For quite some time now we’ve had the odd thing that all the clocks on our Citrix VDI-in-a-Box virtual desktops have been out by 7 hours. First thought was that the sysprep process was putting in the wrong timezone however if this was the case then surely there would be some people having the same issues and posting up on the Citrix forums?
After a little digging I found that the clocks were only out when logging in from our 10zig thin clients. As it turns out the 10zigs all had their timezone settings set to Phoenix in the USA (the homebase of 10zig) and so were 7 hours out. This can only mean that the thin clients (I guess through HDX) were telling the Virtual Desktops to match up with their time zones.
A quick change in the settings of the thin clients soon sorted it out and now all the clocks are showing correctly. The two screen shots below show the places you want to be looking at to update the thin clients to your own timezone-
Its time to do some more VDI testing! In the short video below you will see what it is like to launch multiple programs off a Virtual Desktop that is hosted on a SSD.
More info on the YouTube page 🙂
For the past few days I’ve been doing a little performance testing to see just how much an influence RAID cache makes when provisioning Virtual Desktops.
The test was to create 20 virtual desktops and see how long it takes to get the first one spun up and ready for use and then to see how long it took to get all of the desktops ready for use.
The tests were conducted using-
HP DL385 G7 Server
8 core 2.0ghz HE AMD Opteron Processor
44GB DDR3 RAM
4x15k SFF 72GB SAS 6Gbs HDDs
HP P410i RAID Controller (1Gb cache)
the results (all times in mins and seconds) were-
For a while I’ve been wondering just how well a PCI-Express Solid State drive would work inside a standard off the shelf rack mounted server. Finally I have been given the chance to find out and as it turns out everything works quite nicely.
The solid state in question is a OCZ Revo Drive 3 x2 240GB (from Novatech) and the server is a HP DL165 G7. Both the SSD and the server have the latest BIOS updates and although initially the server didn’t boot past POST after a little tweaking (inside the BIOS of the server) I got everything to work along quite nicely.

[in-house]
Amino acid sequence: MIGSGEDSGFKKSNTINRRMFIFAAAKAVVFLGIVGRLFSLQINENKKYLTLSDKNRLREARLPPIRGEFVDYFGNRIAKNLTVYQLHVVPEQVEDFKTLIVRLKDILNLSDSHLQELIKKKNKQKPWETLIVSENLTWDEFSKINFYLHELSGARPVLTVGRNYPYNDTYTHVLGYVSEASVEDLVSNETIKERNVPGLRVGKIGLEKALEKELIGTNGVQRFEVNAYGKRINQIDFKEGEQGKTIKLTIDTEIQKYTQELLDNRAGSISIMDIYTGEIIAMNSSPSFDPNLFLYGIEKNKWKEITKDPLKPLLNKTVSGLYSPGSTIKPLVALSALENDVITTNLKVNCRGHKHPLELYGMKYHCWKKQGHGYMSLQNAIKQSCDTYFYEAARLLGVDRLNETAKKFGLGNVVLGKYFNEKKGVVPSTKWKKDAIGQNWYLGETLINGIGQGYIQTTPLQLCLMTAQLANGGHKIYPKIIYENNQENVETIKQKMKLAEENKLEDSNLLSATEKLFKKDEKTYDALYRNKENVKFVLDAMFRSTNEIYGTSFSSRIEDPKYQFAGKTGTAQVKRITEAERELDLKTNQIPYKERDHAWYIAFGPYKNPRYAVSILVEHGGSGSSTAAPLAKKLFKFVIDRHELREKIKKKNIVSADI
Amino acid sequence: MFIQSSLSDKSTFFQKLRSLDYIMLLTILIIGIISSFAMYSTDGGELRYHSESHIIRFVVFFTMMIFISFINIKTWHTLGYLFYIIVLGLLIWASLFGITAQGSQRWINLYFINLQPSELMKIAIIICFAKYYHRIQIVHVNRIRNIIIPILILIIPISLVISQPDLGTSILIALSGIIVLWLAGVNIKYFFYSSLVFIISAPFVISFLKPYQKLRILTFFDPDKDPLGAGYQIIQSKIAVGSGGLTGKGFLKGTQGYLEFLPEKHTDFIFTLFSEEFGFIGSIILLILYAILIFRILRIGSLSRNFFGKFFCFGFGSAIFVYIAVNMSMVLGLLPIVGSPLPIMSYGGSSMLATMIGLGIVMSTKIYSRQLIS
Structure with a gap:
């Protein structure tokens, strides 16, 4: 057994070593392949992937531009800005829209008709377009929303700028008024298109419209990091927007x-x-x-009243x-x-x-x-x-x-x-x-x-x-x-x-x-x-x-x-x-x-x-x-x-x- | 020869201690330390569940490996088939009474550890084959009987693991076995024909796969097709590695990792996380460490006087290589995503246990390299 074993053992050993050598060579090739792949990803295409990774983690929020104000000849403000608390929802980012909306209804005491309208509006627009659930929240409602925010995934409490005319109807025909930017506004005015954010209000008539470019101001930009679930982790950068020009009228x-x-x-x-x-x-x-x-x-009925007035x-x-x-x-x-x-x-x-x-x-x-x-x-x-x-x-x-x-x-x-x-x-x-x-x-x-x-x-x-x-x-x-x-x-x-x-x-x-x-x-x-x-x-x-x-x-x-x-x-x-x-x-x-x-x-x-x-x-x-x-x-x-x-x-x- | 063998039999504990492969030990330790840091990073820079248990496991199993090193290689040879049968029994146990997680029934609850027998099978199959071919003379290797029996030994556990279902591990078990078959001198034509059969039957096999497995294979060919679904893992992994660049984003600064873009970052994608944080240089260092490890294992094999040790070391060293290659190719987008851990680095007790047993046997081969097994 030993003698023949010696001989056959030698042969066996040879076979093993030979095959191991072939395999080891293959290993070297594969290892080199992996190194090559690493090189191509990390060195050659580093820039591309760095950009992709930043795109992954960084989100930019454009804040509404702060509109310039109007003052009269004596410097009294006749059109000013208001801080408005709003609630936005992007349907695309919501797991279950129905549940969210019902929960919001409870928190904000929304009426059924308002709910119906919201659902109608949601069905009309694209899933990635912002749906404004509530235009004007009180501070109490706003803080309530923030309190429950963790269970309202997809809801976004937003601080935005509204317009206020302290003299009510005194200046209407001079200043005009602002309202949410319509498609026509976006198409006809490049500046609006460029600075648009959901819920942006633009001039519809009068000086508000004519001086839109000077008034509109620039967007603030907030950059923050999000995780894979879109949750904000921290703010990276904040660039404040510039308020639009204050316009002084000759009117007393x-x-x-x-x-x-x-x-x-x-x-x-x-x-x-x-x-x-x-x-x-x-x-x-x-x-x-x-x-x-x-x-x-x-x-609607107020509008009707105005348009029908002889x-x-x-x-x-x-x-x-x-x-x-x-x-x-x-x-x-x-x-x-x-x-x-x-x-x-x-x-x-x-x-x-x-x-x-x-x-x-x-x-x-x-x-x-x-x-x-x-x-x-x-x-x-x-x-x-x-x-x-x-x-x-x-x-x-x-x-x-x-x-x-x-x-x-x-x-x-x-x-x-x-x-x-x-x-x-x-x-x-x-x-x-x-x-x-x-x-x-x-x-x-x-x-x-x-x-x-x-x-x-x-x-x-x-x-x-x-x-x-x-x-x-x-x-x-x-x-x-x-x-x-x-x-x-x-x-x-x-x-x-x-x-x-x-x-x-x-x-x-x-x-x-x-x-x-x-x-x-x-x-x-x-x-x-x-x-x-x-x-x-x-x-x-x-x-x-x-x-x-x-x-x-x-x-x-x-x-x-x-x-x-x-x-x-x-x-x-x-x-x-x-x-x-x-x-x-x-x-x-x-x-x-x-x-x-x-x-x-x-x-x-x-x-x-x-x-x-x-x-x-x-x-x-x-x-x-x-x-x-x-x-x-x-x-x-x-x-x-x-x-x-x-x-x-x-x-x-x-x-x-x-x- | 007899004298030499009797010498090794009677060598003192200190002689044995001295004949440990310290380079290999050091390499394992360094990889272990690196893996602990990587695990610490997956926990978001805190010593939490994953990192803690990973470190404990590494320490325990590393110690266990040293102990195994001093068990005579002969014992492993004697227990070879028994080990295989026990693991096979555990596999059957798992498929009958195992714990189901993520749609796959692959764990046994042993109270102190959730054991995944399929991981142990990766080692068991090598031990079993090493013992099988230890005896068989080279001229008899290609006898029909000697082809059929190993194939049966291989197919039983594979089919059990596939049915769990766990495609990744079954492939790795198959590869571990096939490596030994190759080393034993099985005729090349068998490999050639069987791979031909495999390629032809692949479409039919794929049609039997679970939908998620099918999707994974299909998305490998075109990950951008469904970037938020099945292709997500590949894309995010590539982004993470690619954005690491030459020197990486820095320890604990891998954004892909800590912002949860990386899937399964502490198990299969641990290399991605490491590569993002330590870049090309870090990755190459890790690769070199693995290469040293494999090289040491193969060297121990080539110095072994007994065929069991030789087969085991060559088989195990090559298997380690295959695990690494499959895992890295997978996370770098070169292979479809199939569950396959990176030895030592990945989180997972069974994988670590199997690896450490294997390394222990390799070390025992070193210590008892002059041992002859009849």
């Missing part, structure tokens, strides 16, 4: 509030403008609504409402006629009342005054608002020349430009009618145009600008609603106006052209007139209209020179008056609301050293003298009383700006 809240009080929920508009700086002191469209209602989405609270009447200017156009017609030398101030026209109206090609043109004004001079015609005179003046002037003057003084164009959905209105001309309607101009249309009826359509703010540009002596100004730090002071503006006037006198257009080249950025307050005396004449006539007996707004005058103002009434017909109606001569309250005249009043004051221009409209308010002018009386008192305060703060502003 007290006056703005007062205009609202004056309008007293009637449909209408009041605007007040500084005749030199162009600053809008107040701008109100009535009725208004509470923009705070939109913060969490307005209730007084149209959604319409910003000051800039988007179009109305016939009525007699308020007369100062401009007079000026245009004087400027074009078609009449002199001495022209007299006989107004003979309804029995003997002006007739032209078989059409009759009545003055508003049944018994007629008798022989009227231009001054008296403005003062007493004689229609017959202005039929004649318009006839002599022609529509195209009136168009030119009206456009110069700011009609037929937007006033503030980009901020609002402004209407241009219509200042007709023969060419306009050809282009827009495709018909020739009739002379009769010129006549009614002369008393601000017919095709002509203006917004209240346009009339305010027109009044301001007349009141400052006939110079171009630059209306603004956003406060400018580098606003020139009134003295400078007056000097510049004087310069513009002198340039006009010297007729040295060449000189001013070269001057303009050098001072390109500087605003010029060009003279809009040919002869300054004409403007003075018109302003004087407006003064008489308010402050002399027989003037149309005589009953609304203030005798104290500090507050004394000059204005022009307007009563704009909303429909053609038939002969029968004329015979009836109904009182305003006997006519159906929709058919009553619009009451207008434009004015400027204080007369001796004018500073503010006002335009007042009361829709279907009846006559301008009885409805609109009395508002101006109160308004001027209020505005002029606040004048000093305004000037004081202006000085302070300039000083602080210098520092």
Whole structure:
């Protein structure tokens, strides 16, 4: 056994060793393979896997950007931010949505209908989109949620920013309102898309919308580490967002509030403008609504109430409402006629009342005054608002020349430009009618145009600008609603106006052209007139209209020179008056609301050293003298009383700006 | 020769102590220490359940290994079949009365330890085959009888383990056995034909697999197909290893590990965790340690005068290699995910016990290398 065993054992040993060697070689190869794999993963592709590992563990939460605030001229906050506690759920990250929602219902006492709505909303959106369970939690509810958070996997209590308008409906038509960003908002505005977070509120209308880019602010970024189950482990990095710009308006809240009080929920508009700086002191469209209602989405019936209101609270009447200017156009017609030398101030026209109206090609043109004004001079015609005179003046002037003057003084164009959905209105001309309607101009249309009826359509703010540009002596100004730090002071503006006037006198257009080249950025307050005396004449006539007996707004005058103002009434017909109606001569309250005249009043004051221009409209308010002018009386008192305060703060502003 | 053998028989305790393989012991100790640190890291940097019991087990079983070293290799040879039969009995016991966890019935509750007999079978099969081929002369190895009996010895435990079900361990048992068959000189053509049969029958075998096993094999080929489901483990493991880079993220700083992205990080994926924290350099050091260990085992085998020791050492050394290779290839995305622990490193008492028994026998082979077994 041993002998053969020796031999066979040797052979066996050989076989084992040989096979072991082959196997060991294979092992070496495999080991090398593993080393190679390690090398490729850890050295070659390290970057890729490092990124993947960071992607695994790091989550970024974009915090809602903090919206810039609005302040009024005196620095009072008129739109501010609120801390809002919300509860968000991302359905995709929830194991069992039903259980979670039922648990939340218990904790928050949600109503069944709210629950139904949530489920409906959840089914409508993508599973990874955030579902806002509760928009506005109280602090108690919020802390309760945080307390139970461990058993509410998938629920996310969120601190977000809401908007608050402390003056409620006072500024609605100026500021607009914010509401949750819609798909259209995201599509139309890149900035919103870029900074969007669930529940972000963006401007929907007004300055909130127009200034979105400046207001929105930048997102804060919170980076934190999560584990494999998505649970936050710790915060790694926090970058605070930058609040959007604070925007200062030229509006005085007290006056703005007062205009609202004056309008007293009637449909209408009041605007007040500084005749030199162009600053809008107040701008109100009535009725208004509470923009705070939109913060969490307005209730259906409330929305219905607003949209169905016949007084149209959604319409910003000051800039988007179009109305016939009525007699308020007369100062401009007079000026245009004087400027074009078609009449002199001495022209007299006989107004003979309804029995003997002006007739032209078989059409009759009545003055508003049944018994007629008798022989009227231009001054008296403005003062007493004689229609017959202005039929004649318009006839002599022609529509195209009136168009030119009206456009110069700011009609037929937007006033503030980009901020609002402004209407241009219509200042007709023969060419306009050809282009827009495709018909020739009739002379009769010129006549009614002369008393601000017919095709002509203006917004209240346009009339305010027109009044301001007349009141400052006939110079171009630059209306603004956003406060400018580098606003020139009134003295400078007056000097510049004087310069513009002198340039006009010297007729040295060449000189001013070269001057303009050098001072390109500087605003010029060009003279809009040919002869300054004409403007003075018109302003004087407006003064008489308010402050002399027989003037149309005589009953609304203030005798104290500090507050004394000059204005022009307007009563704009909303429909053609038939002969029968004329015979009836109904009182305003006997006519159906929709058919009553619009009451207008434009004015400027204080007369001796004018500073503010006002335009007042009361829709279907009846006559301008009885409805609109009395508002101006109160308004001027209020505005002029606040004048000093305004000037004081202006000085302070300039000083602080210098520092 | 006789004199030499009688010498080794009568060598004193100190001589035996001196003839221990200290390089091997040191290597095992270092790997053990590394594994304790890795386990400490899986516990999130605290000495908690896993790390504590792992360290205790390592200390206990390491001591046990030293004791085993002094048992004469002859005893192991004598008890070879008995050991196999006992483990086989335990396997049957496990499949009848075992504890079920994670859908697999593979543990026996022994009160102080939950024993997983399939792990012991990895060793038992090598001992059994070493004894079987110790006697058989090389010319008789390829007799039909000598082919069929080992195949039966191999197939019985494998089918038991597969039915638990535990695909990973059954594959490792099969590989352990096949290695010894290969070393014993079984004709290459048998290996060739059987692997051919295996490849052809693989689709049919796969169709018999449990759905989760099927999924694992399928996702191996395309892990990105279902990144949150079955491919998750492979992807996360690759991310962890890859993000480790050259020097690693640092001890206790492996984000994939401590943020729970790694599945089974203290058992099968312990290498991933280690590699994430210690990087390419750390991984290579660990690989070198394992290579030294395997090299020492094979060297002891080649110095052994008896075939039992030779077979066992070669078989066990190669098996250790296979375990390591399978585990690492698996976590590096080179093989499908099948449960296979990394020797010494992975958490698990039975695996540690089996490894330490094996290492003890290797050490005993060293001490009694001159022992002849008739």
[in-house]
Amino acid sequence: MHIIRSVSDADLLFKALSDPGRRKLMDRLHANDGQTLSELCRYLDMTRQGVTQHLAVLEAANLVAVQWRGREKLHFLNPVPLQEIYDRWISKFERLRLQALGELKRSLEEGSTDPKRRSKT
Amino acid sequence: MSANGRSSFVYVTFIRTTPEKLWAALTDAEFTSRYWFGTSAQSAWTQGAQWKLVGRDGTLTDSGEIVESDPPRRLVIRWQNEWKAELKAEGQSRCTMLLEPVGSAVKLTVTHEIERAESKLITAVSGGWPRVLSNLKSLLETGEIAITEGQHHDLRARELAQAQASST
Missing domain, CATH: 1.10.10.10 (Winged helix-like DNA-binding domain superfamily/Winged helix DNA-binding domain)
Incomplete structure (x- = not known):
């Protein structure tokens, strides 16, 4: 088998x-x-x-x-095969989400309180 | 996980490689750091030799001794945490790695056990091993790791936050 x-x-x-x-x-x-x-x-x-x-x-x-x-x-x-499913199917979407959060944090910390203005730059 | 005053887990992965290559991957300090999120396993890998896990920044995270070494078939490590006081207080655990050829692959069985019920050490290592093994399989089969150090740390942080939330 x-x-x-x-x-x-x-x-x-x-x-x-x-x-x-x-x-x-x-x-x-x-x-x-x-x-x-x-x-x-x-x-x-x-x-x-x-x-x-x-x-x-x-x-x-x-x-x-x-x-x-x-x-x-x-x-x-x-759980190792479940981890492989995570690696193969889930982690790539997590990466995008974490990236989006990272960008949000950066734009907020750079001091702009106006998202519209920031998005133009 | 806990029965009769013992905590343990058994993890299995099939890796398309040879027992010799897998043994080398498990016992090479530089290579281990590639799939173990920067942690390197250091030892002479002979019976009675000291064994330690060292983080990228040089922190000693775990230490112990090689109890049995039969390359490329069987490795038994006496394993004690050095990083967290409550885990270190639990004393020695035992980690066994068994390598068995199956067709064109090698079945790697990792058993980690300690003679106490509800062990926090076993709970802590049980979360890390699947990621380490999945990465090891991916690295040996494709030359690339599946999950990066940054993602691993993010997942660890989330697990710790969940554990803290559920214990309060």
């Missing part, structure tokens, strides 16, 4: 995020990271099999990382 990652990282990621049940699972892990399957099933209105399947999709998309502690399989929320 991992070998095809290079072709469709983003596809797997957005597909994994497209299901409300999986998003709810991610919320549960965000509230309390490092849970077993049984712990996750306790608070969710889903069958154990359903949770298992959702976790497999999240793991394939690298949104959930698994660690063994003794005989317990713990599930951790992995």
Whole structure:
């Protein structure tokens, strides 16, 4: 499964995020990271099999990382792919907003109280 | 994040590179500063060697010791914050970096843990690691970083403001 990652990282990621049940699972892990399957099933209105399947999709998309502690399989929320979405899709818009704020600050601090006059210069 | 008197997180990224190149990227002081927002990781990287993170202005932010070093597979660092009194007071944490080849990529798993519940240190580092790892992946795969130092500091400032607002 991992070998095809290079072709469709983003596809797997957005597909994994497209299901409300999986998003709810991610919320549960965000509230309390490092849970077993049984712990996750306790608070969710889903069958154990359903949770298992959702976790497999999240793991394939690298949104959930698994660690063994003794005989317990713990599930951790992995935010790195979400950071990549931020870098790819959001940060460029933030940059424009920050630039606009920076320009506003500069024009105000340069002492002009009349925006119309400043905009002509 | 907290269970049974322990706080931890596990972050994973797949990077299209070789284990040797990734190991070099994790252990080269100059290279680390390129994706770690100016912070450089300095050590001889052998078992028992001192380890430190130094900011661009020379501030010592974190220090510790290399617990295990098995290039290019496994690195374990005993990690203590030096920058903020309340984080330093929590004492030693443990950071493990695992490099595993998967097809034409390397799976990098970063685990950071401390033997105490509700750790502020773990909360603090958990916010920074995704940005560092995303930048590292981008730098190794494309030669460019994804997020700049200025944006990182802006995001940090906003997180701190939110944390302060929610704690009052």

Sufficed to say the performance is astonishing even when compared against a RAID array of 15k SAS drives but then again that’s nothing to be surprised about given the SSDs ability to randomly read data from anywhere on the drive without having to wait for a mechanical spinning disk to catch up. Continue reading
This is old news really but either way HP have updated a number of server models to include the new AMD Opteron 62xx processor series.
The beefiest of all being the Opteron 6282SE which comes with 16 cores each packing 2.6ghz of clock speed. Naturally this kind of speed comes at a high TDP (in this case 140W) especially when compared to the highly conservative Opteron 6128HE (8 core 2.0ghz) which chews through a TDP of just 85W. Continue reading
We all love VDI – it makes things simple to look after desktops but sometimes the back end is a little complicated. That’s where Citrix VDI-in-a-box comes in use!
With many other VDI products you will find that the setup process is all about getting the SAN ready, getting various installations of Windows server ready and then getting the VDI management/provisioning/connection broker software running – all of which takes a very long time.
The magic of VDI-in-a-box is in its simplicity which can be summed up in a few key points-
- No need for a SAN – your compute nodes just have local hard disks, the ‘golden image’ is then replicated and duplicated locally on each compute node. Continue reading